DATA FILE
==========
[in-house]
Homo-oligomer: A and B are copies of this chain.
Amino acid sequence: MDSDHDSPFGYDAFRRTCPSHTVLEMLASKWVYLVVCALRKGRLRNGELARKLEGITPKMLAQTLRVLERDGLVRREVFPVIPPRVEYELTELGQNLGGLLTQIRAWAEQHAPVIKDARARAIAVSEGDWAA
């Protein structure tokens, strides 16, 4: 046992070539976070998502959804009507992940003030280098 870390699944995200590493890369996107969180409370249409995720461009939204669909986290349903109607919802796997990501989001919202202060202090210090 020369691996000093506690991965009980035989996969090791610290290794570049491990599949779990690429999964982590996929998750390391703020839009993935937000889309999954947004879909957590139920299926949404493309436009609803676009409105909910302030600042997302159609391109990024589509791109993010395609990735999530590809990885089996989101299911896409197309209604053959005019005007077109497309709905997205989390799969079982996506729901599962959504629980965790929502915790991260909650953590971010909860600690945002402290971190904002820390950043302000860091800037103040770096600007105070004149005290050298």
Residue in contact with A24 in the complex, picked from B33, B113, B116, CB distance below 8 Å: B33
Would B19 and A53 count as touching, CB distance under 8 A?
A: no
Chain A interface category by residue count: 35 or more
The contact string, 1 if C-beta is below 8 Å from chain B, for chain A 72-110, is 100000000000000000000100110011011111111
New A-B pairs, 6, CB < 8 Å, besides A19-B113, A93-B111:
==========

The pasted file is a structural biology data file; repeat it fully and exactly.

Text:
[in-house]
Homo-oligomer: A and B are copies of this chain.
Amino acid sequence: MDSDHDSPFGYDAFRRTCPSHTVLEMLASKWVYLVVCALRKGRLRNGELARKLEGITPKMLAQTLRVLERDGLVRREVFPVIPPRVEYELTELGQNLGGLLTQIRAWAEQHAPVIKDARARAIAVSEGDWAA
């Protein structure tokens, strides 16, 4: 046992070539976070998502959804009507992940003030280098 870390699944995200590493890369996107969180409370249409995720461009939204669909986290349903109607919802796997990501989001919202202060202090210090 020369691996000093506690991965009980035989996969090791610290290794570049491990599949779990690429999964982590996929998750390391703020839009993935937000889309999954947004879909957590139920299926949404493309436009609803676009409105909910302030600042997302159609391109990024589509791109993010395609990735999530590809990885089996989101299911896409197309209604053959005019005007077109497309709905997205989390799969079982996506729901599962959504629980965790929502915790991260909650953590971010909860600690945002402290971190904002820390950043302000860091800037103040770096600007105070004149005290050298």
Residue in contact with A24 in the complex, picked from B33, B113, B116, CB distance below 8 Å: B33
Would B19 and A53 count as touching, CB distance under 8 A?
A: no
Chain A interface category by residue count: 35 or more
The contact string, 1 if C-beta is below 8 Å from chain B, for chain A 72-110, is 100000000000000000000100110011011111111
New A-B pairs, 6, CB < 8 Å, besides A19-B113, A93-B111: